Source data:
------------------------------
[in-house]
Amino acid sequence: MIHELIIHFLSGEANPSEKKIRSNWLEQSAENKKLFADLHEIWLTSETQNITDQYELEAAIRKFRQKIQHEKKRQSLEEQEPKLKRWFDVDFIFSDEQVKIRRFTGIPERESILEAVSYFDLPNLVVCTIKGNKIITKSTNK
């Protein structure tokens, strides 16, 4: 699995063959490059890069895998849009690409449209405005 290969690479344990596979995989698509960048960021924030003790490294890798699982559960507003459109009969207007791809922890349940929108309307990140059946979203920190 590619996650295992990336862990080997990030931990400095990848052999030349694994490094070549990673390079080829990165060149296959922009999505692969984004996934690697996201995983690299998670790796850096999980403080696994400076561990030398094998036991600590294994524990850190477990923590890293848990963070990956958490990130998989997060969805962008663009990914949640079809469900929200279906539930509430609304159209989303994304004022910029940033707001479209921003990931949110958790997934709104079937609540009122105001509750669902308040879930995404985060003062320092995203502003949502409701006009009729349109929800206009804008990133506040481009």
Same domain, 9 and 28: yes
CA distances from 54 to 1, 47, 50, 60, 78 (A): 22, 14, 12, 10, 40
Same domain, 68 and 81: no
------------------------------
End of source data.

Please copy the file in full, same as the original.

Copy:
[in-house]
Amino acid sequence: MIHELIIHFLSGEANPSEKKIRSNWLEQSAENKKLFADLHEIWLTSETQNITDQYELEAAIRKFRQKIQHEKKRQSLEEQEPKLKRWFDVDFIFSDEQVKIRRFTGIPERESILEAVSYFDLPNLVVCTIKGNKIITKSTNK
């Protein structure tokens, strides 16, 4: 699995063959490059890069895998849009690409449209405005 290969690479344990596979995989698509960048960021924030003790490294890798699982559960507003459109009969207007791809922890349940929108309307990140059946979203920190 590619996650295992990336862990080997990030931990400095990848052999030349694994490094070549990673390079080829990165060149296959922009999505692969984004996934690697996201995983690299998670790796850096999980403080696994400076561990030398094998036991600590294994524990850190477990923590890293848990963070990956958490990130998989997060969805962008663009990914949640079809469900929200279906539930509430609304159209989303994304004022910029940033707001479209921003990931949110958790997934709104079937609540009122105001509750669902308040879930995404985060003062320092995203502003949502409701006009009729349109929800206009804008990133506040481009």
Same domain, 9 and 28: yes
CA distances from 54 to 1, 47, 50, 60, 78 (A): 22, 14, 12, 10, 40
Same domain, 68 and 81: no